The big feminist debate over the past few past months has been: to slut walk or not to slut walk. There have been opinion pieces on all major feminist outlets, alternative media and even some mainstream outlets showcasing differing opinions of what these SlutWalks mean to the larger discourse of sexual assault, empowerment, safety, and, let’s face it, fashion. What started as a comment by a police officer in Toronto has spun into a larger, what SlutWalk organizers consider, a movement.
Leaving the word “movement” alone, because I question organizations self-proclaiming their works as movements, when the likelihood is that smaller organizations and community activists have been working on similar issues in collaboration or on an individual basis for decades and didn’t consider themselves as a movement, the name of these rallies “SlutWalk” doesn’t bother me. It’s not that I’m pro-slut or anti-slut. It’s another way to make a march “sexy” and “hot” and “unique.” Granted, it gets young women and the media behind the rally, but to what degree are we watering down something that should be held at a higher discourse? And, truth be told, sexual assault is neither hot, sexy, or unique. Neither is public sexual harassment, even if one of the speakers of SlutWalk DC believes it may be due to what a person wears:
“ ‘If I’m wearing thigh highs and a short skirt, I’m inviting somebody to look at me. And I’m probably inviting some catcalls. But that doesn’t mean I’m inviting somebody to have sex with me against my will,’ said Erin Sherrange, 30, of McLean, who’s scheduled to speak Saturday.”
This every day harassment on the streets, in our bookstores, restaurants, or walking through a park is not based on what people wear. Rather, the harassment is happening for a wide variety of reasons—mostly related to the theories of power and control. I harasser, want to control this space, harasee. I, harasser, want to control you, harasee. I, harasser, want to make you feel good when I stare at you, harasee. I, harasser, don’t understand why you ignore me, harasee. I, harasser, am going to curse at you now because you didn’t give me [fill in the blanks] which I wanted, harasee.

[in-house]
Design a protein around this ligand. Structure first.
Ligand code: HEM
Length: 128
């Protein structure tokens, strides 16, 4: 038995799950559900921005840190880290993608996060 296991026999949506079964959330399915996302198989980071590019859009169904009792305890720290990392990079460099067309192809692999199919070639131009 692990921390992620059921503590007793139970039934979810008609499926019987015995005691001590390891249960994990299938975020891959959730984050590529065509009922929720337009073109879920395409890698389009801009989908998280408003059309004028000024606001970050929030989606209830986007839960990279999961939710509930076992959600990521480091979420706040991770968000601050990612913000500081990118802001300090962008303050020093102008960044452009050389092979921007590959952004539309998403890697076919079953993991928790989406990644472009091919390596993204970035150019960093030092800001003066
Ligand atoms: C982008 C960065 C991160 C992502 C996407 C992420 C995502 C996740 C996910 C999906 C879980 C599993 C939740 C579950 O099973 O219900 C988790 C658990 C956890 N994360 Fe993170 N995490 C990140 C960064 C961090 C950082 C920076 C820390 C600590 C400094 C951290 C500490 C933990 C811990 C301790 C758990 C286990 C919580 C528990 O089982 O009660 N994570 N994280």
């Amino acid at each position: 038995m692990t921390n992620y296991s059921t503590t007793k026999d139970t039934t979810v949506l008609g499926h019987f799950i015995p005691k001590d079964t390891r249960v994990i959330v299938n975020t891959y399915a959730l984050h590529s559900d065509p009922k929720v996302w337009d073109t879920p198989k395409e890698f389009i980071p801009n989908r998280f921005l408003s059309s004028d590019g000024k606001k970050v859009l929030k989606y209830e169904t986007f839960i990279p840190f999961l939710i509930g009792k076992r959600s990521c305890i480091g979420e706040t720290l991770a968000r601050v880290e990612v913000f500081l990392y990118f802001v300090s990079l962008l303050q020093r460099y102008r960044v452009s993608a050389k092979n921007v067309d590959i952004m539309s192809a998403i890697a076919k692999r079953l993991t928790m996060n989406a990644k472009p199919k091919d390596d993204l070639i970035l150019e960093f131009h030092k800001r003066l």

Public sexual harassment is complex. It’s not simply based on clothing or being a female sometimes. There are so many reasons why women and LGBTQ individuals face this type of exchange every single day in Washington, DC (the real, non-Mall places of DC).
And, as one of the only pro bono sexual assault civil attorneys in DC, I have yet to hear an MPD officer blame a survivor’s sexual assault on her clothing. I’m positive it happens. It has to happen. But, most of the comments I hear second hand from my clients or others who were present during the police questioning, are around judgment based on alcohol and/or drugs. There is a lot of “hmmming” if the victim was drinking and/or using recreational drugs, or if s/he was drugged. Again, not EVERY officer pauses, but it is a frequent enough complaint that I think MPD should have consistent trainings on working with sexual assault victims, particularly around these issues. I wish this march was related to things actually happening in our systemic oppression of women and LGBTQ survivors of sexual assault here in DC. Does a march change the policies at MPD, the minds of rapists, men and women who don’t get it, jurors, prosecutors who don’t “have enough evidence”?
I don’t think so.
Much like Take Back the Nights, what this march does is gather people together, and preach to the same choir. I’m tired of that. I want more community involvement, more accountability, and more of these marchers and the organizers of these marches to take time off from work or school and sit in court rooms and hold judges and juries accountable. I want the choir to attend hearings at universities and colleges demanding change. I want these individuals to donate their money to organizations who have been doing this work of anti-victim blaming/anti-violence work for years.
What we need are marches in our own backyard. We need to have dialogue with our community not at them about sexual assault and harassment. We need to engage harassers and ask them why they harasser. We need more safety in our community so lesbians can be lesbians without being attacked. What we need is to talk to youth and ask them how is harassment affecting them. We see this as a problem that needs to go beyond the normal discourse of clothing, semantics, and superficial victim-blaming. We need a higher discourse looking to dismantle and equalize power and control by individuals, communities, agencies, and the system. As we shouted earlier this year, these are our streets, too!!
by Chai Shenoy, co-founder of Holla Back DC!. This piece reflects the author’s own opinion and not the opinion of the organization and its members.